The system requirements for a user to run XTM are quite moderate because all resource-intensive processing is done on the XTM Cloud server. You can use an average business computer and there is no need to upgrade your hardware in the future in order to support XTM. The system is based on open standards such as XLIFF, SRX, TMX and TBX and a complete implementation of the reference model as specified in open architecture for XML authoring and localization. The main advantage is that this ensures data interchange with other compliant systems. . .The full review is publicly available.
A big pro is that all information is centrally stored on the server and there is no need to send files via e-mail or FTP servers. Via the XTM portal, you can even provide your client with access rights to create projects and add source materials directly in XTM. XTM is easy to learn and use. The materials that you find on the XTM website are developed with care. Setting up a project is easy and it is surprisingly simple to subcontract work to an LSP or to freelancers on XTM Xchange.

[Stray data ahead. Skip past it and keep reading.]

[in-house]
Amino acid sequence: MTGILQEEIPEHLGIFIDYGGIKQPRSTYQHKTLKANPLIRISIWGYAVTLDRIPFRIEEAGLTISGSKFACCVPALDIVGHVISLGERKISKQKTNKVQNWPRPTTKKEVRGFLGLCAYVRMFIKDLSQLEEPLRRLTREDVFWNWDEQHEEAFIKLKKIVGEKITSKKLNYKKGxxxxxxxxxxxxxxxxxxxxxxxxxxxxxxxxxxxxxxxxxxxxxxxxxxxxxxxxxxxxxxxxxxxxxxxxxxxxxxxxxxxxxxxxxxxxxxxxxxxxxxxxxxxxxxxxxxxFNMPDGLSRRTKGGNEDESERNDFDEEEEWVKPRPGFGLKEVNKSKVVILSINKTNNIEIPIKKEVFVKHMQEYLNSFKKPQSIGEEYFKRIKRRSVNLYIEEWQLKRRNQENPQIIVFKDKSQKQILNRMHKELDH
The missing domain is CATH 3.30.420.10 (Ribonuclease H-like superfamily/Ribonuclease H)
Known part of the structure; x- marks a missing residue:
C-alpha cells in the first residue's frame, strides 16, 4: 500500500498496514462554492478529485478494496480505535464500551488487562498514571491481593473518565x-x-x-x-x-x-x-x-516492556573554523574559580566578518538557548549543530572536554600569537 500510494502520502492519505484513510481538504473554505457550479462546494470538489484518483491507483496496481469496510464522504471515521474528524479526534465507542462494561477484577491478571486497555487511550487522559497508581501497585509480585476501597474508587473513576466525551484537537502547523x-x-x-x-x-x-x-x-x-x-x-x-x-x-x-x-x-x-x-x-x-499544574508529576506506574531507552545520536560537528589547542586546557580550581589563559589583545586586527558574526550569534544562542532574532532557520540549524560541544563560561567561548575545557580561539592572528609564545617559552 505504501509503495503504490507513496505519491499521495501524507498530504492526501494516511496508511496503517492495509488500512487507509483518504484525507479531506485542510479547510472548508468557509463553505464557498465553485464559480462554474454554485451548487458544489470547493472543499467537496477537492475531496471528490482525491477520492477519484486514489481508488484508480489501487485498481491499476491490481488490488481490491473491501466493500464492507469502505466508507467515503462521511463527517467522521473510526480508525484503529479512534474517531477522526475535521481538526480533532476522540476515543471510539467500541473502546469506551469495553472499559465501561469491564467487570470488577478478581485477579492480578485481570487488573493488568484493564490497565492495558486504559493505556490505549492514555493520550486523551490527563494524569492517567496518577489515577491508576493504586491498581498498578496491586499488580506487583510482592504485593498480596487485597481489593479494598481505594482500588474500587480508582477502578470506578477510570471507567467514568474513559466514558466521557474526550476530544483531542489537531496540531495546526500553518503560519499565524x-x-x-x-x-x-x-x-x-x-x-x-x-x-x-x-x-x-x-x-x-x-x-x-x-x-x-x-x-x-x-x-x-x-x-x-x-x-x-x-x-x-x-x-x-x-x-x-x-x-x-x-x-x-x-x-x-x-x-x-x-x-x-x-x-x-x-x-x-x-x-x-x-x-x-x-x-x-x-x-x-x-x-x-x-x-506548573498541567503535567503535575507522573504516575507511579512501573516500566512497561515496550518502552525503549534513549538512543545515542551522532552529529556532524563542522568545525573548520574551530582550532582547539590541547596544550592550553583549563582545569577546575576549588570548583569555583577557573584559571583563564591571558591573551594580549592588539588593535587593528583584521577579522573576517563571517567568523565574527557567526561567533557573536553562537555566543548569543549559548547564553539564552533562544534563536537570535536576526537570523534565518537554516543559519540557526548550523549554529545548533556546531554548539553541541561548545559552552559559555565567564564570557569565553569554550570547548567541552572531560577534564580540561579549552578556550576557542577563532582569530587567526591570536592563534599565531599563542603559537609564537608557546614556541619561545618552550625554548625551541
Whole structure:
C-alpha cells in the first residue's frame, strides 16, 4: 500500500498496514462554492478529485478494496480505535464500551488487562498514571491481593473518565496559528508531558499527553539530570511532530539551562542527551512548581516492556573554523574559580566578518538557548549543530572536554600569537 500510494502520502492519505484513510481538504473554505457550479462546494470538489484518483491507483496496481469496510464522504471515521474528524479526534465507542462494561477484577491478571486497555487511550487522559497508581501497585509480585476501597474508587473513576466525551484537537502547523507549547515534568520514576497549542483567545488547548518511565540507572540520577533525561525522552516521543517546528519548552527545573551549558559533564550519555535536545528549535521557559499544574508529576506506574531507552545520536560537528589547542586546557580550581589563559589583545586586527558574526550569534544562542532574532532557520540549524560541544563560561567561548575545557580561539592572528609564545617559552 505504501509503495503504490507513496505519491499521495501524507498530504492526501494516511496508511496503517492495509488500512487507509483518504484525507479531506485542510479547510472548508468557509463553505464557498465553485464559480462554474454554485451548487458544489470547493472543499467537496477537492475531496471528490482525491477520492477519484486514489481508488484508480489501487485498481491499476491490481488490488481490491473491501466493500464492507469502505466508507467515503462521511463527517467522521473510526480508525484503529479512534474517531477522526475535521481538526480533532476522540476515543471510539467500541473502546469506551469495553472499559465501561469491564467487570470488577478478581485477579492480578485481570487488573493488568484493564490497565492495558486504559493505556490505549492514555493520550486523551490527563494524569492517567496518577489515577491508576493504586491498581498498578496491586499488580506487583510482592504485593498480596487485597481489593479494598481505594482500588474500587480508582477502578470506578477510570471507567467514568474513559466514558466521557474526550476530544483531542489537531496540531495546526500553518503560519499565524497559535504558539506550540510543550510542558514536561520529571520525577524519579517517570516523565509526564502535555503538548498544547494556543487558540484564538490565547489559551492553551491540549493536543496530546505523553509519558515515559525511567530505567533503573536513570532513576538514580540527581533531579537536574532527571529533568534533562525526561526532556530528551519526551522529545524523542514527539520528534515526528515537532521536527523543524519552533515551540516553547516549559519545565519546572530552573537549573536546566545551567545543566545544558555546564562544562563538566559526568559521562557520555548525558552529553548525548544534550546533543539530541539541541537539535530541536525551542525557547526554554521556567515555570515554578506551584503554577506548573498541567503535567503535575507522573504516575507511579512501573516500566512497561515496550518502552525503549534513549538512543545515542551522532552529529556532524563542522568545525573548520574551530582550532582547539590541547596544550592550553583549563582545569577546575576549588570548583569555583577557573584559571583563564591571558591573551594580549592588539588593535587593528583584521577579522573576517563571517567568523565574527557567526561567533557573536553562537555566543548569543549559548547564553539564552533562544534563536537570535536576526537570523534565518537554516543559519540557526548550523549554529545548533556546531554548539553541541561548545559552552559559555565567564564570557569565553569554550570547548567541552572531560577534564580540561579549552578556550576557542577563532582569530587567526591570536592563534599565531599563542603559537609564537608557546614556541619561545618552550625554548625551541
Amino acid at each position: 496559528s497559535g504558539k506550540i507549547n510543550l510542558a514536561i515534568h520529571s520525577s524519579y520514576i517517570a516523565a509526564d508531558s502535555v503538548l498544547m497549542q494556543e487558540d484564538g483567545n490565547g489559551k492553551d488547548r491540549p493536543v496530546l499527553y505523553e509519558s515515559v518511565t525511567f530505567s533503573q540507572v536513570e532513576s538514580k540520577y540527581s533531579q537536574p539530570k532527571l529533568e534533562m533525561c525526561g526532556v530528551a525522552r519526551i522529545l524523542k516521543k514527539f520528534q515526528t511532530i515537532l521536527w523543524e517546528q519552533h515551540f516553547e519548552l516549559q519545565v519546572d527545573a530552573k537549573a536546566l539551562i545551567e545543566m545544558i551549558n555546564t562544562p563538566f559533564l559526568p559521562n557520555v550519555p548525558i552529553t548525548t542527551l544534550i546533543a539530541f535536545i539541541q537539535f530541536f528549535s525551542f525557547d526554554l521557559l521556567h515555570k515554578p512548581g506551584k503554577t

The collaborative environment allows users with different roles to work on the same document at the same time. Changes to the TM are stored on the server and become immediately available for other users. The system is user-friendly, scalable and fast. The ability to simultaneously collaborate may facilitate significant time savings in a project. The business management part including areas such as quotation, invoicing and resource planning, are not the strongest points of XTM. Fortunately, it is possible to integrate with other tools that cover these aspects of translation project management. The same applies to terminology. In most companies, content creators are responsible for defining the terminology and in-country domain specialists are responsible for the translation of those terms. XTM does not support that workflow. . .The full review is publicly available.